While Bates is considered by some modern scholars as "generally unsympathetic to the cause of African American freedom," he emancipated all of his slaves and had paid for his last former slave's passage to Liberia by 1851.
In 1850, President Millard Fillmore asked Bates to serve as U.S. Secretary of War, but he declined. Charles Magill Conrad accepted the position. At the Whig National Convention in 1852, Bates was considered for nomination as vice-president on the party ticket, and he led on the first ballot before losing on the second ballot to William Alexander Graham.
After the breakup of the Whig Party in the 1850s, Bates briefly joined the Know-Nothing Party but then joined the Republican Party. He was one of the four main candidates for the party's 1860 presidential nomination. Bates initially received support from Horace Greeley, who later switched to support Abraham Lincoln. The next year, after winning the election, Lincoln appointed Bates United States Attorney General, an office Bates held from 1861 until 1864. Bates was the first Cabinet member to be appointed from a state or territory west of the Mississippi River.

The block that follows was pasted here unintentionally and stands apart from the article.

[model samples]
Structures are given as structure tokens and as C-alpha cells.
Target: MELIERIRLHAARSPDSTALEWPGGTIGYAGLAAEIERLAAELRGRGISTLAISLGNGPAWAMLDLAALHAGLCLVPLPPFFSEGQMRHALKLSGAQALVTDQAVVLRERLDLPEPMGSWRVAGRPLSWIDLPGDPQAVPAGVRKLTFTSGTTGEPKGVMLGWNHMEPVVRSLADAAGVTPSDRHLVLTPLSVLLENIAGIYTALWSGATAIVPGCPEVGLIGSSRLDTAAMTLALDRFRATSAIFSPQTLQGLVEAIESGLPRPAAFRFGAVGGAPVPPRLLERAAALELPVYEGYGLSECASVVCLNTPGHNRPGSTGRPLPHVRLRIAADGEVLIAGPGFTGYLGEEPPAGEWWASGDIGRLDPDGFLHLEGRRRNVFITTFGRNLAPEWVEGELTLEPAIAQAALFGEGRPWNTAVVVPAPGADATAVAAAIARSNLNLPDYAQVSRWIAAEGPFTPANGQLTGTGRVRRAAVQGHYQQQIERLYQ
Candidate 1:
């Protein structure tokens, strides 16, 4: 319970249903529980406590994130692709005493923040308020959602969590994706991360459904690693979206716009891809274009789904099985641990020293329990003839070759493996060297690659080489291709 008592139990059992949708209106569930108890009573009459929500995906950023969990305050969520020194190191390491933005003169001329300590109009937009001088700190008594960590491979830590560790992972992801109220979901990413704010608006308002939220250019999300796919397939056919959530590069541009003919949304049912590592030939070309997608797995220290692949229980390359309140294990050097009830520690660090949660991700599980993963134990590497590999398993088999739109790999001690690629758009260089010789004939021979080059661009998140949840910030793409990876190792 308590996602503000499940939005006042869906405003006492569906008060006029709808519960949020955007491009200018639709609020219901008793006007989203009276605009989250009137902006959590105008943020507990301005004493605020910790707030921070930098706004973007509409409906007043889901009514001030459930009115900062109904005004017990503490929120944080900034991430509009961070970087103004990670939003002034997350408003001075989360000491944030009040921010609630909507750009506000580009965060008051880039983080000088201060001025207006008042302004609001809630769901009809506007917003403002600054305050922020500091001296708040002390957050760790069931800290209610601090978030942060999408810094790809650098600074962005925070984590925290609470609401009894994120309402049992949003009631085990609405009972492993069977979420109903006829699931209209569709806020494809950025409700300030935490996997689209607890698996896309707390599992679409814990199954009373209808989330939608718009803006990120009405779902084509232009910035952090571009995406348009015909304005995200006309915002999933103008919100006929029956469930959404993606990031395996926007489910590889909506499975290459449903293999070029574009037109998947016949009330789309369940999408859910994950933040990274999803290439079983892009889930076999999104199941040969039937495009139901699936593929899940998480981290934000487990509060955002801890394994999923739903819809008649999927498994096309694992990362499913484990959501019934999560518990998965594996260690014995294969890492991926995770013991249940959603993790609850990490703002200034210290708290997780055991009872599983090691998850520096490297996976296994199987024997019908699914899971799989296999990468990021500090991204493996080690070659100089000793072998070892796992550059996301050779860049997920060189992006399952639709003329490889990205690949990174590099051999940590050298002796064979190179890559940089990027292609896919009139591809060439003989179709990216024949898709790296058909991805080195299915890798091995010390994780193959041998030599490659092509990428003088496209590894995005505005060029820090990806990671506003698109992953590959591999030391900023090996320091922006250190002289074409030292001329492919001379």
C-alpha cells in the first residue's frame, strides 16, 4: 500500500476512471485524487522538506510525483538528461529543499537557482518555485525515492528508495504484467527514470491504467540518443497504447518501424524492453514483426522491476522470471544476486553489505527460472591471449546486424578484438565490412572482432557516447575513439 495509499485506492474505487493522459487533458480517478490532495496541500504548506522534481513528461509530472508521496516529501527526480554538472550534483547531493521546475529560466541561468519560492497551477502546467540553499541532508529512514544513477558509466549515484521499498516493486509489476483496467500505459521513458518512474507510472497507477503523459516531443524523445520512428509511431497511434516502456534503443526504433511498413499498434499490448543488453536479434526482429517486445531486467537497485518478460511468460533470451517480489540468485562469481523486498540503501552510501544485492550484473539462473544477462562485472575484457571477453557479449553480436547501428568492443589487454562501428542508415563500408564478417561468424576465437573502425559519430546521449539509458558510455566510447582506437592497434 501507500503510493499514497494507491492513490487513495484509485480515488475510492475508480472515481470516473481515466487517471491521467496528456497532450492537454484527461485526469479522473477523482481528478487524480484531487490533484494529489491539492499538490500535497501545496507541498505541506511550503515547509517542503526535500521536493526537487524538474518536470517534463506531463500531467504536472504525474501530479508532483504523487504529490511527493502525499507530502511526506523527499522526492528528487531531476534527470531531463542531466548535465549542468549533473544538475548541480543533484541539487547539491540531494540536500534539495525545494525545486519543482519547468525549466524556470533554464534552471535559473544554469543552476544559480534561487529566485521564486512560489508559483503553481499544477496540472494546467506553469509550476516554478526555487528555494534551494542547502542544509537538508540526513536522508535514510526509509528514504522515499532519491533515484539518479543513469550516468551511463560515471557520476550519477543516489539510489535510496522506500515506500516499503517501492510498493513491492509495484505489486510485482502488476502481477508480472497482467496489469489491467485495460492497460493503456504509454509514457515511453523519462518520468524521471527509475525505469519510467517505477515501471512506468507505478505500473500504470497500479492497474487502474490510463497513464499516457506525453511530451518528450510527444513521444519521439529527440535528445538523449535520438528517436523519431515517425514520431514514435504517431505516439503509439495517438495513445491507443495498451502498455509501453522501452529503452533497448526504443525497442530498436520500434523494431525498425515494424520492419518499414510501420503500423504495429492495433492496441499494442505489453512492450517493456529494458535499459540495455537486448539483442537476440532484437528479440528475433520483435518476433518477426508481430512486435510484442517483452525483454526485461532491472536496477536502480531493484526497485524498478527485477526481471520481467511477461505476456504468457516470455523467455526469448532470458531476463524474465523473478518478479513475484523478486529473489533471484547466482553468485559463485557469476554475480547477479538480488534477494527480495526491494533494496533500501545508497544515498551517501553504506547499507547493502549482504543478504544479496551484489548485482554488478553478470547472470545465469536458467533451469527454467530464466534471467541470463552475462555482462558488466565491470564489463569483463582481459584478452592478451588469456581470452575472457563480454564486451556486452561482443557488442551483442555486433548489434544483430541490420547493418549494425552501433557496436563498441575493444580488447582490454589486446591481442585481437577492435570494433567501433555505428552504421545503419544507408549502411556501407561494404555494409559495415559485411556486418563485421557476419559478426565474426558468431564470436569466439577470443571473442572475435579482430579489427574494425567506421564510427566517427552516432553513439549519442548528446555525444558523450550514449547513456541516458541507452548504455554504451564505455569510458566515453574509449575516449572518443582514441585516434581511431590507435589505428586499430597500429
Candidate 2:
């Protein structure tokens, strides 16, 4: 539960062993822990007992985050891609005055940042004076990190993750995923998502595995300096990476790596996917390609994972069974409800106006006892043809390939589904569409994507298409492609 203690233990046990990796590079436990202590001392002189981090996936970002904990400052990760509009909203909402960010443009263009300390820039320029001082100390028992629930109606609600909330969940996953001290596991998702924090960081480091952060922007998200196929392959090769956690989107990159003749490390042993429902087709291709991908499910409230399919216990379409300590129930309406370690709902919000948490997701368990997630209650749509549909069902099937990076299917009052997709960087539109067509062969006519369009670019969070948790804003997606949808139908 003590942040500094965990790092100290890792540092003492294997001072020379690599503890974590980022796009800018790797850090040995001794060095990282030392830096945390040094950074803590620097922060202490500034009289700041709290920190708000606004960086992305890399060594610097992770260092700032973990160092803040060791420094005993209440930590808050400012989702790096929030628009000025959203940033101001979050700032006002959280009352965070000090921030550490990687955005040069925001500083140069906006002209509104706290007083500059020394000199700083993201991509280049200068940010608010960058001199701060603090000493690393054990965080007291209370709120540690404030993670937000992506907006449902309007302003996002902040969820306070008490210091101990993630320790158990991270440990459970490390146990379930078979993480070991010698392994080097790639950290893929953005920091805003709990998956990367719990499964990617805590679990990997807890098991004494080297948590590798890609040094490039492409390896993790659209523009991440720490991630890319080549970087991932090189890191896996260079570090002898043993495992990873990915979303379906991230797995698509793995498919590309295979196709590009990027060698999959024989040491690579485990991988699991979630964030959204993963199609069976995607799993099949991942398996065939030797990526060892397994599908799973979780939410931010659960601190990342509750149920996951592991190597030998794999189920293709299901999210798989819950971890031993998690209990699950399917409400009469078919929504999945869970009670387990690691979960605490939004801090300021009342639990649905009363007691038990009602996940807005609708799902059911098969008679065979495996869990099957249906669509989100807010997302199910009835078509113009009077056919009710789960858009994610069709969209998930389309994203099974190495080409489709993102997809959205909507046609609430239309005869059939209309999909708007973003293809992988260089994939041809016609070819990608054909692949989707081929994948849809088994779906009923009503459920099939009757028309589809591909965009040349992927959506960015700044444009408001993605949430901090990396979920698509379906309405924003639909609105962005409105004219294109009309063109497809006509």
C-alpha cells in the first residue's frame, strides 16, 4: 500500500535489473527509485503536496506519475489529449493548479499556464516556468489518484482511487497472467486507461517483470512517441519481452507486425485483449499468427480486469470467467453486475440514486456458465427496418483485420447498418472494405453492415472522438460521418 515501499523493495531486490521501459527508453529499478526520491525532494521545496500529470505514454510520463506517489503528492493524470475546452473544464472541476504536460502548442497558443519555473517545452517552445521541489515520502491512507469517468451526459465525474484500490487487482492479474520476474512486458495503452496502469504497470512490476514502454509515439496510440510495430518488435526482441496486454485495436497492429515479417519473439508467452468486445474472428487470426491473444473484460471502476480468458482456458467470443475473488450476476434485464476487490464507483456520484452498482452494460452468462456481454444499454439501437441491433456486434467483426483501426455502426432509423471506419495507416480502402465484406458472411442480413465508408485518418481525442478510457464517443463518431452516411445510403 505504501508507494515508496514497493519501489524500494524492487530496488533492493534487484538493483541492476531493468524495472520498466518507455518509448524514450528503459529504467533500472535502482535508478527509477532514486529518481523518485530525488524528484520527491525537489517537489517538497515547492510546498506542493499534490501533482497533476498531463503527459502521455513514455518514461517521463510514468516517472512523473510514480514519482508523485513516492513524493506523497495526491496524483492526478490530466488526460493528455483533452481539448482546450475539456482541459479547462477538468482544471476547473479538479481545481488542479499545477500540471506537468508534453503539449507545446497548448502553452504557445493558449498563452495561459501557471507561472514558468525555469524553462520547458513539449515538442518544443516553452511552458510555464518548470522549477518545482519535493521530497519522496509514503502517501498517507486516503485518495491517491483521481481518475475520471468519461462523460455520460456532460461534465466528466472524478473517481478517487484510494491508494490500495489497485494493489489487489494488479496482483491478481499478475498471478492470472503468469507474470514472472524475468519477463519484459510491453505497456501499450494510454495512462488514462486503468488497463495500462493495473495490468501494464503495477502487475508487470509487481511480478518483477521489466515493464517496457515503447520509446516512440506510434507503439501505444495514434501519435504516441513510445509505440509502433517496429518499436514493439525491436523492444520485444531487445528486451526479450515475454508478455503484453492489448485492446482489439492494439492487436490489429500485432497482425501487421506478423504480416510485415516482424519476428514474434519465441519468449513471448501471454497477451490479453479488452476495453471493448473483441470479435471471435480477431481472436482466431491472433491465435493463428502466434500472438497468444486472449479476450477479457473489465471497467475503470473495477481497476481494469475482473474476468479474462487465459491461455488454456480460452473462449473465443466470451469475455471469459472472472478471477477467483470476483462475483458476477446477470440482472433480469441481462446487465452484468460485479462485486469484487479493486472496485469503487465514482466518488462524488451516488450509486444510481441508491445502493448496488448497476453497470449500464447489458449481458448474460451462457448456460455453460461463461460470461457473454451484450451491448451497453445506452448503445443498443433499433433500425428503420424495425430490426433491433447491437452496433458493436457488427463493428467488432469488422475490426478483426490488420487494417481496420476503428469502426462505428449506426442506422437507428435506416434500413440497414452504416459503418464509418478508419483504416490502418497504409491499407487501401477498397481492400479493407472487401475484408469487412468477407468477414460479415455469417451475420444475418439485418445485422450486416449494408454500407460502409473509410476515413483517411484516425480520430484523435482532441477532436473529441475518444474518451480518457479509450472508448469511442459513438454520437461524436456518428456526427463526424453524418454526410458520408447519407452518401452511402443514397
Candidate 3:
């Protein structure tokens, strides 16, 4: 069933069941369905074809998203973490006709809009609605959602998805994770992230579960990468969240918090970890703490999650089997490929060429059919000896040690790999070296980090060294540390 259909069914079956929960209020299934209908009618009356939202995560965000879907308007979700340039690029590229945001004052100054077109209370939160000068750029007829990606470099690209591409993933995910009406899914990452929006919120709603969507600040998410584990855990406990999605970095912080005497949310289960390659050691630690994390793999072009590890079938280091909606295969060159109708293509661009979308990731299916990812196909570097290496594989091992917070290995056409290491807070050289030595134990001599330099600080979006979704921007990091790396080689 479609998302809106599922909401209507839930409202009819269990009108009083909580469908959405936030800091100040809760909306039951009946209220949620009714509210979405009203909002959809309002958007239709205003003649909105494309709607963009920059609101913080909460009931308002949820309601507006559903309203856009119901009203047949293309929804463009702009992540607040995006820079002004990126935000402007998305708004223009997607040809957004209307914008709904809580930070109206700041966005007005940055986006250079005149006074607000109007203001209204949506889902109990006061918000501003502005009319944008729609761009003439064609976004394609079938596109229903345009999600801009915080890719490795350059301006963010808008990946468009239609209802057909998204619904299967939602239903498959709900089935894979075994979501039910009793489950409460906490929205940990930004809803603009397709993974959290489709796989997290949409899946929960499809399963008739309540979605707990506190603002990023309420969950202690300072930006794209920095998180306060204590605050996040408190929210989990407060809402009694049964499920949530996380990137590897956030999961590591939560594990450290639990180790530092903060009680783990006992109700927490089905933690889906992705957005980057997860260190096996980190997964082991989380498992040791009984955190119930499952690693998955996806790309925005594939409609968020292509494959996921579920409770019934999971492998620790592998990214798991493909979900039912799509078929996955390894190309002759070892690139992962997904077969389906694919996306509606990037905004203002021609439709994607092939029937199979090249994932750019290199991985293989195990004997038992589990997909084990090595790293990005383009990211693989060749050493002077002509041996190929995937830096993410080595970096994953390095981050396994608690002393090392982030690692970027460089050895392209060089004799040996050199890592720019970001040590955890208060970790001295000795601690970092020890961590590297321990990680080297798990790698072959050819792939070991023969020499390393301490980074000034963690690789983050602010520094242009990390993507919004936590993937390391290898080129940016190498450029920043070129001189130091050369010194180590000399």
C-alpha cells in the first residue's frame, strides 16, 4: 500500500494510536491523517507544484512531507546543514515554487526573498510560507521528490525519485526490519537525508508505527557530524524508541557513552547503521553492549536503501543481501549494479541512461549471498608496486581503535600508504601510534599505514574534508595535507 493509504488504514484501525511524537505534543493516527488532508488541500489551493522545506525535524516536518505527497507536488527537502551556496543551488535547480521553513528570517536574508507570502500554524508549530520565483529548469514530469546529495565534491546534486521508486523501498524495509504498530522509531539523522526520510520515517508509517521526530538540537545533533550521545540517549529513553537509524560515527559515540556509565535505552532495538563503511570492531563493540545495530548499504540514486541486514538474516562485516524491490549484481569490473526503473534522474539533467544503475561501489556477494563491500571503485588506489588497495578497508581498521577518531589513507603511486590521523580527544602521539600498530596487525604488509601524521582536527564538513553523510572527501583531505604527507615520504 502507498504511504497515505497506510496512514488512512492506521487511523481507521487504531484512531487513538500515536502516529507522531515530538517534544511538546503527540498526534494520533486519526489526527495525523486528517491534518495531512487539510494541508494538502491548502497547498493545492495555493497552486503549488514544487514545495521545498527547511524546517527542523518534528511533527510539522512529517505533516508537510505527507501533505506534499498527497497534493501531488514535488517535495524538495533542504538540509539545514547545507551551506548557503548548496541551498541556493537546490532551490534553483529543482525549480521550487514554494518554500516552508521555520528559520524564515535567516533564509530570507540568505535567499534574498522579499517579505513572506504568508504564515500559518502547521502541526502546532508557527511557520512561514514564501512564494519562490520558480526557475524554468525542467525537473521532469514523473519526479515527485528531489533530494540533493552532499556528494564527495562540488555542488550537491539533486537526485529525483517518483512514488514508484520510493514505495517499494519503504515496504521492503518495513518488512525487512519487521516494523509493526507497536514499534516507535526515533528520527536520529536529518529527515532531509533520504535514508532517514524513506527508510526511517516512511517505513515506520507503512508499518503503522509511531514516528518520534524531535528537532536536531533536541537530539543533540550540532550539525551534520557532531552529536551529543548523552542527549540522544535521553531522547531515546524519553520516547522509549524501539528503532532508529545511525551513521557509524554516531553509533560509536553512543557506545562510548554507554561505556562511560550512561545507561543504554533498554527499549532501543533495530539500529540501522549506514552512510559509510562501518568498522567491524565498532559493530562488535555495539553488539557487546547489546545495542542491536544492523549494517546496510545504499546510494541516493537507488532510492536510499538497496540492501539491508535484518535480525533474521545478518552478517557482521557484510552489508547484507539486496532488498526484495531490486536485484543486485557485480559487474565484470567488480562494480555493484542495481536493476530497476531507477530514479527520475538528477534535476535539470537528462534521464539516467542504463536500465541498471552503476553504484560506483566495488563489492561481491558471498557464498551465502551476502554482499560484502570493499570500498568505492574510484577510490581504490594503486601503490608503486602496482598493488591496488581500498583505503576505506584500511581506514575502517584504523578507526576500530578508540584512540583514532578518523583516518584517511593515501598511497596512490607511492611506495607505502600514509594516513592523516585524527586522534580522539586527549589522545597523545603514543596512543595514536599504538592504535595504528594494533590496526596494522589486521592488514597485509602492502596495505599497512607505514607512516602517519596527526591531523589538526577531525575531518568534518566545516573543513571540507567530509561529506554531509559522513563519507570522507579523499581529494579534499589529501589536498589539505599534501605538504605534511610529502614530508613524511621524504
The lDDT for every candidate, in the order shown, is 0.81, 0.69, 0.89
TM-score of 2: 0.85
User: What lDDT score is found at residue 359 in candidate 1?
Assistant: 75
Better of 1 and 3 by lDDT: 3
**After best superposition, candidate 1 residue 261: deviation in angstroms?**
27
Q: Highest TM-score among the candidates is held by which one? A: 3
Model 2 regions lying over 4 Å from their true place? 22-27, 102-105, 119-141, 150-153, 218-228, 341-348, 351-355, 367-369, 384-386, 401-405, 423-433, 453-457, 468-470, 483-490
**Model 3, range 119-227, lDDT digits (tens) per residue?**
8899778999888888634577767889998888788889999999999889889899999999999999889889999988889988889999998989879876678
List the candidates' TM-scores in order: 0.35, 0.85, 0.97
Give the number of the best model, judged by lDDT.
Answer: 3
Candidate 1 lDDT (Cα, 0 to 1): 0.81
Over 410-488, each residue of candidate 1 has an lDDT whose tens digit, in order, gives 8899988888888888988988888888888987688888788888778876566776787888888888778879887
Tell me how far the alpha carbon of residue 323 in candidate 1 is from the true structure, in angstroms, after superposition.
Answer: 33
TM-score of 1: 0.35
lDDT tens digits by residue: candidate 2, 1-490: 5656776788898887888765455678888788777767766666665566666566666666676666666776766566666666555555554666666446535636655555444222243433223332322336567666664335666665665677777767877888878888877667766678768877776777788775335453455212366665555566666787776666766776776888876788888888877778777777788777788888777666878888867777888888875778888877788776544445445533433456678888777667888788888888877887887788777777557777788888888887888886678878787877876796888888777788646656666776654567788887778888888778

There was no Justice Department until 1870. Bates had only a small operation, with a staff of six. The main function was to generate legal opinions at the request of Lincoln and cabinet members, and handle occasional cases before the Supreme Court. The cabinet was full of experienced lawyers who seldom felt the need to ask for his opinions. Bates had no authority over the US Attorneys around the country. The federal court system was handled by the Interior Department; the Treasury handled claims. Most of the opinions turned out by Bates's office were of minor importance. Lincoln gave him no special assignments and did not seek his advice on Supreme Court appointments. Bates did have a voice on general policy as a cabinet member with a strong political base, but he seldom spoke out. At age 68 he was the oldest high-level Lincoln appointee, and from late 1863 was in poor health.